CPEC and agriculture: implications for growth and poverty

The focus of CPEC is said to be shifting towards socio-economic outcomes of investment

Daud Khan/Ahmed Raza Gorsi April 13, 2019
Ahmed Raza Gorsi works in international development sector specialising in food, agriculture and nutrition

Fifty years ago China was a poor country with little influence in the international sphere. During that time Pakistan forged a special relationship with China, initially centred on diplomatic realm but quickly spreading towards strategic and economic underpinnings. Since becoming independent, both countries have taken different development trajectories. Pakistan has been buffeted by political and economic problems and has failed to grow at anywhere near its potential. On the other hand, China’s rapid economic growth has made it an economic powerhouse that increasingly plays a leading role on the world stage.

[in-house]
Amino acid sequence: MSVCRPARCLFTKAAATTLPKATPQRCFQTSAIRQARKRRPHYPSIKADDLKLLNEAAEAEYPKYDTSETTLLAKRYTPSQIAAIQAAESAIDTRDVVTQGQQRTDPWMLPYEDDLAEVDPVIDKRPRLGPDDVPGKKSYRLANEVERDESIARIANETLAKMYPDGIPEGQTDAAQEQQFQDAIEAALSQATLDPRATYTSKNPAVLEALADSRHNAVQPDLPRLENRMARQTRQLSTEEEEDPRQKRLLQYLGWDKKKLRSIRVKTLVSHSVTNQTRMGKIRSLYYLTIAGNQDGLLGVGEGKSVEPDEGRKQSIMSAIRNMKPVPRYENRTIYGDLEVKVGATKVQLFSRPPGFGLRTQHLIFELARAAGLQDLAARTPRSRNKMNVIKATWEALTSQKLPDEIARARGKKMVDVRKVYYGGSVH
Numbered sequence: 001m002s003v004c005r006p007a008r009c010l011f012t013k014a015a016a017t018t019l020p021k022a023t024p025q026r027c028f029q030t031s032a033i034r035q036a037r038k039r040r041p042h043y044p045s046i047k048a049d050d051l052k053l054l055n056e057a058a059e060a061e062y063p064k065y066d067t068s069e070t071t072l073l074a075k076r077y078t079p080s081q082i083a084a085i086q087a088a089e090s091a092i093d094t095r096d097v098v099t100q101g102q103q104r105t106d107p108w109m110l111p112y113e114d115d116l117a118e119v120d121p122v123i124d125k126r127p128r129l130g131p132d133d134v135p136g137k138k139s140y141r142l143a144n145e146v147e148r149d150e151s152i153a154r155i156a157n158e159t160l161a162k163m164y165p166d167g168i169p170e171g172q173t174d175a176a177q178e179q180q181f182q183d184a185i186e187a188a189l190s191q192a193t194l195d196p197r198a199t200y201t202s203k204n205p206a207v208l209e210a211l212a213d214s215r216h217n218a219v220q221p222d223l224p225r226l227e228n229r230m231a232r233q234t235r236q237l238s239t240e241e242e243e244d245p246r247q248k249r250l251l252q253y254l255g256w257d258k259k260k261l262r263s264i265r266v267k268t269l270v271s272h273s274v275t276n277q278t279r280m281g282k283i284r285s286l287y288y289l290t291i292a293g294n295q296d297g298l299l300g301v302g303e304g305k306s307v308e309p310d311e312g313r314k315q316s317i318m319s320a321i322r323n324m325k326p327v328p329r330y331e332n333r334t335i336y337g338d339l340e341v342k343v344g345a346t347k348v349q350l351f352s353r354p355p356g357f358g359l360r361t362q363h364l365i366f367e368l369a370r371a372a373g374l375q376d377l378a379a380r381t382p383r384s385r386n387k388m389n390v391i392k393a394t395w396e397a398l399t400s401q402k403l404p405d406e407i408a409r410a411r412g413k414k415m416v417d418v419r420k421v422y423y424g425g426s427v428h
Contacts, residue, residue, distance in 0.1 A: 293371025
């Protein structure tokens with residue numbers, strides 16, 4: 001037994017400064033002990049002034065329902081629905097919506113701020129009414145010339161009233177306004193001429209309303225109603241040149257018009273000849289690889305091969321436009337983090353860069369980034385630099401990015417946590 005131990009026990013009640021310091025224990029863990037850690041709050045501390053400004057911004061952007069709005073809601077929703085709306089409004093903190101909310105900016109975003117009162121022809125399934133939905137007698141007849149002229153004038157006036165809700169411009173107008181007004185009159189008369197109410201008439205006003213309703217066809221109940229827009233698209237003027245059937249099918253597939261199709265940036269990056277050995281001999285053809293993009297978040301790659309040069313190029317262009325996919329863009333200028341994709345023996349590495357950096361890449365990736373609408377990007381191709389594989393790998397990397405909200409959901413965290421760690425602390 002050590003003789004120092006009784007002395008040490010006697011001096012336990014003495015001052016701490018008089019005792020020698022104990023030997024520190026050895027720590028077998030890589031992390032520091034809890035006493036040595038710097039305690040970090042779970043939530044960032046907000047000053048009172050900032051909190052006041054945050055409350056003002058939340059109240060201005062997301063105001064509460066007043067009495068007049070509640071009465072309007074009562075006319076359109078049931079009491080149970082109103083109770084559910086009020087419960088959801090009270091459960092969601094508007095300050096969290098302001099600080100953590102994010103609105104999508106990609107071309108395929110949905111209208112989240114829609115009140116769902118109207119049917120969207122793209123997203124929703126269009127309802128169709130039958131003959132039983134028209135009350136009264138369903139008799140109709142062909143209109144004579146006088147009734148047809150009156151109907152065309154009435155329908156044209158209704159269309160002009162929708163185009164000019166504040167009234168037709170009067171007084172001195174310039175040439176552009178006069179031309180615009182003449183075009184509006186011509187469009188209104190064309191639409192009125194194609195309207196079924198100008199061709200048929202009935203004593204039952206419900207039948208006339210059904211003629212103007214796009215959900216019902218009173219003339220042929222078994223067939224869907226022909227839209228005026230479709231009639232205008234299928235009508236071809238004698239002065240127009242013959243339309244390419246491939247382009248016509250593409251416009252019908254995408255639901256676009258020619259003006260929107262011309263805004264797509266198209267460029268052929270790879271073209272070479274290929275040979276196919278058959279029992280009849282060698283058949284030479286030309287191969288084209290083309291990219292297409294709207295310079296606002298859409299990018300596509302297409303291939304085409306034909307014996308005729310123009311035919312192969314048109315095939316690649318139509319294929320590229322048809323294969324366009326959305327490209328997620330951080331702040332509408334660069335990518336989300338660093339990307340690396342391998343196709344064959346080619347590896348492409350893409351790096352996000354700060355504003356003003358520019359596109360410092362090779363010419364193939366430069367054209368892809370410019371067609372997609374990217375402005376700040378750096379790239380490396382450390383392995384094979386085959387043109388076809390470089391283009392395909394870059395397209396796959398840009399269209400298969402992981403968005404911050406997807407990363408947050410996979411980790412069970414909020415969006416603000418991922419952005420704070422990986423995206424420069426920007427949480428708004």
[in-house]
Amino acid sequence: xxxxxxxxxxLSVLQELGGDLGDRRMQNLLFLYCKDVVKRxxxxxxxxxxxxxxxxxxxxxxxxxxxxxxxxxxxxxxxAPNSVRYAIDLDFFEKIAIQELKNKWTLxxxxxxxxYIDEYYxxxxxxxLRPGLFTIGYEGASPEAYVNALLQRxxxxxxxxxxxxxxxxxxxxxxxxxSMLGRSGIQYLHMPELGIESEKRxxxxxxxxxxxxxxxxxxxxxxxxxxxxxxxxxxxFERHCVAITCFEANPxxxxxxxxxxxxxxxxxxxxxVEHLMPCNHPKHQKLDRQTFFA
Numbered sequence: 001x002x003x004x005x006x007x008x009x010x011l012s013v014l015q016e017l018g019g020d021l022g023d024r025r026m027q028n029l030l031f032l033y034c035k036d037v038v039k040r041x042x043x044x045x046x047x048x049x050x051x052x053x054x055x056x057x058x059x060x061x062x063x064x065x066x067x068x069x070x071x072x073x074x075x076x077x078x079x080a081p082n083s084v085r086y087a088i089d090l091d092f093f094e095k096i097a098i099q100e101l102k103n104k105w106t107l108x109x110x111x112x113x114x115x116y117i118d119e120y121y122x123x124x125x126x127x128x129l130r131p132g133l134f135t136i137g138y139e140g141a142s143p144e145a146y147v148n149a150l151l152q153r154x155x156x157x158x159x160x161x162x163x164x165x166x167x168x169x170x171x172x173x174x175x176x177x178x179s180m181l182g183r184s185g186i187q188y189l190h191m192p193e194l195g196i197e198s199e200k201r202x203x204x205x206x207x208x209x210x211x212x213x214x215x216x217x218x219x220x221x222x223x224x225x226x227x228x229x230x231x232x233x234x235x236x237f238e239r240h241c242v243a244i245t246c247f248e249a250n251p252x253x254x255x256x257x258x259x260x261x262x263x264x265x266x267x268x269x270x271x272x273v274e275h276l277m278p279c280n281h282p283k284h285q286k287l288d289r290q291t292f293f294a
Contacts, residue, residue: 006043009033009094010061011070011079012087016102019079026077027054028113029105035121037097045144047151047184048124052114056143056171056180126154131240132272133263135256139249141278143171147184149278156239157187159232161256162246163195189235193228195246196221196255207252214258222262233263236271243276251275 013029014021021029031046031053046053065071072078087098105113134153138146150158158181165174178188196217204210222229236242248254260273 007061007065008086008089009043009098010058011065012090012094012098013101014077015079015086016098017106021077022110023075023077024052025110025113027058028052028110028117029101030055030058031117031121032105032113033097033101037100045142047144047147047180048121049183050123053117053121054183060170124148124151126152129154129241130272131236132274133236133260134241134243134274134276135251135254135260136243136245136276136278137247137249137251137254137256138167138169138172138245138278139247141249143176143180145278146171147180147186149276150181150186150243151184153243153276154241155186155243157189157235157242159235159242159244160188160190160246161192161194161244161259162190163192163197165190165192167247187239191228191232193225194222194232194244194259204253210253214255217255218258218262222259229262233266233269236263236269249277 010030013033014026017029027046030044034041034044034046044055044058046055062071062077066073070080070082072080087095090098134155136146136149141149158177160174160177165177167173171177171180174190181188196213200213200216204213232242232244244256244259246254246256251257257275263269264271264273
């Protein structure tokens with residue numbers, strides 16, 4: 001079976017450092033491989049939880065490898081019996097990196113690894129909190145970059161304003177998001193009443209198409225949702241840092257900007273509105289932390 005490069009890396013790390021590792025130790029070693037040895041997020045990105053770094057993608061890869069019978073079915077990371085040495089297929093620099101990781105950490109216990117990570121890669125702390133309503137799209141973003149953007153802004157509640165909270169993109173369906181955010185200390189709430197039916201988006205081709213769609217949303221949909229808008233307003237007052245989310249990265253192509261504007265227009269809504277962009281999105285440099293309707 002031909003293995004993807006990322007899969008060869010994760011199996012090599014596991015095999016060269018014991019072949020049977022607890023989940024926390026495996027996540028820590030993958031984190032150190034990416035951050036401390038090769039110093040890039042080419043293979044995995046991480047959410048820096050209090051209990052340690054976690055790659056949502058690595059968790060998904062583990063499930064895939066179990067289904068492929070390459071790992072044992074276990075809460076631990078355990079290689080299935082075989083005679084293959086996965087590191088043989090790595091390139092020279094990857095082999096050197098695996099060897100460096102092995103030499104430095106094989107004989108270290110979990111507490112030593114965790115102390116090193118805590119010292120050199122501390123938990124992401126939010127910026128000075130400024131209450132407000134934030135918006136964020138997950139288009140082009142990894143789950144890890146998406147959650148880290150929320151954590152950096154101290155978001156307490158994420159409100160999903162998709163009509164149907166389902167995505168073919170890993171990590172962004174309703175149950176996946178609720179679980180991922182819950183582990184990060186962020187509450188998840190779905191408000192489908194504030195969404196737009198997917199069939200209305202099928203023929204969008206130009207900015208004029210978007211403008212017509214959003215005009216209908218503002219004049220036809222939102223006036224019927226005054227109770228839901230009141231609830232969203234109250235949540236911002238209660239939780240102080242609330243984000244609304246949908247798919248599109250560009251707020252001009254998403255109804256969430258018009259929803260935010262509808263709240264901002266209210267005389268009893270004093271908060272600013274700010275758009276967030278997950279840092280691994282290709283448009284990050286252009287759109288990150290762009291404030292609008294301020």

The most iconic manifestation of China’s increased economic and political clout is the Belt and Road Initiative (BRI) that aims to link markets in Europe and Asia. The initiative — with its Pakistan-specific arm, the China-Pakistan Economic Corridor (CPEC) — is largely about improving trade and logistics. Lately, however, there has been an indication that the focus of CPEC could shift towards socio-economic outcomes of investment, including via support to the agriculture sector of Pakistan. The agriculture sector has grown at a meagre average rate of 2.4% since 2011-12, according to the Pakistan Economic Survey of 2017-18. This poor performance has been a drag on overall growth of the economy as well on key indicators of rural wellbeing such as levels of malnutrition, education and health.